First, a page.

Pickton hearing could be delayed months

Andy Ivens
The Province

Sunday, November 03, 2002

Robert "Willy" Pickton is expected to tell a judge tomorrow he doesn't have enough money for a lawyer to defend him on 15 counts of first-degree murder.

Robert Pickton is charged with 15 counts of first-degree murder in connection with Vancouver's missing women case. (BCTV News on Global)

If the man accused of killing 15 missing women from Vancouver's Downtown Eastside makes the expected request, the preliminary hearing in the matter will likely be delayed for months.

And if, as expected, Provincial Court Judge David Stone orders a hearing on the matter -- called a Rowbotham application -- tomorrow afternoon's proceedings in B.C. Supreme Court will be occupied by the continued wrangling between the B.C. government and defence lawyer Peter Ritchie over funding for Pickton's defence.

Part of that hearing will be held in private between the judge and the lawyers.

Many relatives and friends of the alleged victims had hoped tomorrow would see the preliminary hearing, expected to take four months, begin.

That may still happen, Ritchie hinted.

Ritchie, who withdrew from the case but appears in court as a "friend of the court" in the funding battle, said Pickton has a stubborn streak and is growing weary of languishing in jail waiting for his trial to begin.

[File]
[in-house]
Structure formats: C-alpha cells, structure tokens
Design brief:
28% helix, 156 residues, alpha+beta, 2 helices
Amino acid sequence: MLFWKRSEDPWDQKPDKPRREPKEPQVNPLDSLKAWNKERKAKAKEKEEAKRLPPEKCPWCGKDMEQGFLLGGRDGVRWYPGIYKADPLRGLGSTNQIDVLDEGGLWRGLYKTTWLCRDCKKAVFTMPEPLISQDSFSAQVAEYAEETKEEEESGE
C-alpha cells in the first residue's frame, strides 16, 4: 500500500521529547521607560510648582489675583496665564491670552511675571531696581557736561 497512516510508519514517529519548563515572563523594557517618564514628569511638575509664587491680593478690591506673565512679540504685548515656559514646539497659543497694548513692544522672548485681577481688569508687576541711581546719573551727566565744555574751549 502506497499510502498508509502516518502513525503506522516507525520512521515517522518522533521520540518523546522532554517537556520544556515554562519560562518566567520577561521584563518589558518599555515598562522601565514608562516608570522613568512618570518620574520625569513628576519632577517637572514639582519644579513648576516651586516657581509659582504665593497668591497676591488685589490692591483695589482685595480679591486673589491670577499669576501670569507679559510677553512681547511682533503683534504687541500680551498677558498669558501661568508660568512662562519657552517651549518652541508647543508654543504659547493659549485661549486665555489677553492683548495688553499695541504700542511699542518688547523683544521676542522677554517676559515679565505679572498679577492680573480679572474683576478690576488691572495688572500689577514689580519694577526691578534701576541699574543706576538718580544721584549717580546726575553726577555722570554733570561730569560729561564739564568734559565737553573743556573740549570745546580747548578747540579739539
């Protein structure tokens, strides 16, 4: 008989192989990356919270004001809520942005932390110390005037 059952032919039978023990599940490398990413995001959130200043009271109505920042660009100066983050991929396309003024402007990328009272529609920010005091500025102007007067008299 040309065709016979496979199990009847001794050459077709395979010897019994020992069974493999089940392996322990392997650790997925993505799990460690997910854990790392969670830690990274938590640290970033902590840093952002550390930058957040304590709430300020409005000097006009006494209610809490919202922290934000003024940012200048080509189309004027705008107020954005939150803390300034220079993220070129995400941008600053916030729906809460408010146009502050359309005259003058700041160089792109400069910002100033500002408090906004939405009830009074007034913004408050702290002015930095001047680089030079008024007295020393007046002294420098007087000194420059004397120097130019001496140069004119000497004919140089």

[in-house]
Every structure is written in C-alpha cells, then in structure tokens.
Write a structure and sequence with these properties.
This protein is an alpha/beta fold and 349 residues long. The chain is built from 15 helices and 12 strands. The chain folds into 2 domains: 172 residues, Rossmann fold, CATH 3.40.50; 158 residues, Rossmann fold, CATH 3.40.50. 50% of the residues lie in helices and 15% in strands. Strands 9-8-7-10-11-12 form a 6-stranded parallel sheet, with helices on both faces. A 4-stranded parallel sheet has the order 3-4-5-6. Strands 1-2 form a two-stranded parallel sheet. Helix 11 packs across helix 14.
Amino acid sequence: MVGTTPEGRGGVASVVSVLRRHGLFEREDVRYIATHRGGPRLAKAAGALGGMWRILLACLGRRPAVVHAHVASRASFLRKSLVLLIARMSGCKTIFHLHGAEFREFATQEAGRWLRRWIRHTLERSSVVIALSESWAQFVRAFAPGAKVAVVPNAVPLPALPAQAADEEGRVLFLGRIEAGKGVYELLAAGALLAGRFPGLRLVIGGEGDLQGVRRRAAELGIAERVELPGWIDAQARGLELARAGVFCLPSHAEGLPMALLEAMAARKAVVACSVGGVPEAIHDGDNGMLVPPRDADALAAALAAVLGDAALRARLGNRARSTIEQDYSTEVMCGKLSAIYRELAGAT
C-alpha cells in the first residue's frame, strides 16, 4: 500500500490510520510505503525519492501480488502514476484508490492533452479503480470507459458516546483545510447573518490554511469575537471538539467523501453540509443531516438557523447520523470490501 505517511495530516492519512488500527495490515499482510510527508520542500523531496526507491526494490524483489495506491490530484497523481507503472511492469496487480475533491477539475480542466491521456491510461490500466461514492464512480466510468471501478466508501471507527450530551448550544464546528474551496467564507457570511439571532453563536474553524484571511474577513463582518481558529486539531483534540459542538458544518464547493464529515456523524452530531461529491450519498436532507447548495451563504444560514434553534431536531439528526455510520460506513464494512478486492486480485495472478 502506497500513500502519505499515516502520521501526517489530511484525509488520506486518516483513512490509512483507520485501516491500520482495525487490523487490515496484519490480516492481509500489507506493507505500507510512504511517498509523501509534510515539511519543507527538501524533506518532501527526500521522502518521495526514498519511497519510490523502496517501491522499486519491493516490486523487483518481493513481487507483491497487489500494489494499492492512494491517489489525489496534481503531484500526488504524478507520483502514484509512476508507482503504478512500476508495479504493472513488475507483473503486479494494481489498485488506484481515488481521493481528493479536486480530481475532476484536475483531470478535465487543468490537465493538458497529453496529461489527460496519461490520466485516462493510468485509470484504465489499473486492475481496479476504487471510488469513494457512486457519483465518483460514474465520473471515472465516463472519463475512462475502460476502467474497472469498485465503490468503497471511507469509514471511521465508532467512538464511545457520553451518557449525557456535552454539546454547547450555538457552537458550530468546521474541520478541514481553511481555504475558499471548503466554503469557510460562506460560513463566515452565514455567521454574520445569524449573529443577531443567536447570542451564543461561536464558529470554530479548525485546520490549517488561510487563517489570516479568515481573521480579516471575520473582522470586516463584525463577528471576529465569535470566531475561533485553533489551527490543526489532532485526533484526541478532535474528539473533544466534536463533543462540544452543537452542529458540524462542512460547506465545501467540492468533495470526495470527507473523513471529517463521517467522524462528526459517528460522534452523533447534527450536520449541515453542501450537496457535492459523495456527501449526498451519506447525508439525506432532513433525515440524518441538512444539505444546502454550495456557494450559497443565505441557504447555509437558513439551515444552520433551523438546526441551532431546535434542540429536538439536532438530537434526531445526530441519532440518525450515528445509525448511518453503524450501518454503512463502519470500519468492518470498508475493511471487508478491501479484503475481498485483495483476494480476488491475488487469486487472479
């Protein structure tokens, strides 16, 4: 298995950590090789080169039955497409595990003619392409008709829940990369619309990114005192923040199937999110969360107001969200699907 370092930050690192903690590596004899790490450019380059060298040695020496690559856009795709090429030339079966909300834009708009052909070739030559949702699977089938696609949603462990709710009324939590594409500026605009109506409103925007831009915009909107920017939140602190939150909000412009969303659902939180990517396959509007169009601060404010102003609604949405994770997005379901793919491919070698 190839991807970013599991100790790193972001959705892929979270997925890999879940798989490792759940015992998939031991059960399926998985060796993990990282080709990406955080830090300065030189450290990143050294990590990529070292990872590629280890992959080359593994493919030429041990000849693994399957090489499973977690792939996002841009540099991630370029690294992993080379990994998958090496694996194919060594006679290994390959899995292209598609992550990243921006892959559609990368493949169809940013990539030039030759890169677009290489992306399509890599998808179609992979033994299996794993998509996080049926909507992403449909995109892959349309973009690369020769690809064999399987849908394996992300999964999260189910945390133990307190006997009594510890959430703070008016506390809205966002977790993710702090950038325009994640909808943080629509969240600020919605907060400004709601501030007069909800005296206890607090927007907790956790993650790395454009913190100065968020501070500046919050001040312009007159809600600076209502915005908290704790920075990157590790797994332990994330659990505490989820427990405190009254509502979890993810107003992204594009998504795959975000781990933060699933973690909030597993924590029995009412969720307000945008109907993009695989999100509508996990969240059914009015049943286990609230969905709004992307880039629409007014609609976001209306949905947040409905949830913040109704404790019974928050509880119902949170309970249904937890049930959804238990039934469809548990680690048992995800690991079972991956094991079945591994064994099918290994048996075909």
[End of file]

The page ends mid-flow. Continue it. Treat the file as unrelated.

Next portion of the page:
The 53-year-old farmer, whom Ritchie has described as "unsophisticated," may decide to defend himself.

Ritchie said outside court he is not impressed with the government's "parsimonious, bean-counting approach."

In court, Ritchie told the associate chief justice he and co-counsel Marilyn Sandford have put 700 hours of work into Pickton's defence and have only been paid for 90.

The government and Ritchie haven't even reached agreement on how to fund his application for funding.

"They obviously have put in millions and millions of dollars for the prosecution and they're putting a pittance in [to the defence] so that this can be a fair trial," scoffed Ritchie.

"We should have had a team of lawyers months ago."

Ritchie said on Thursday a team of six lawyers is needed to handle the mountains of evidence coming in.

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 Copyright 2002 The Province



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Updated: August 21, 2016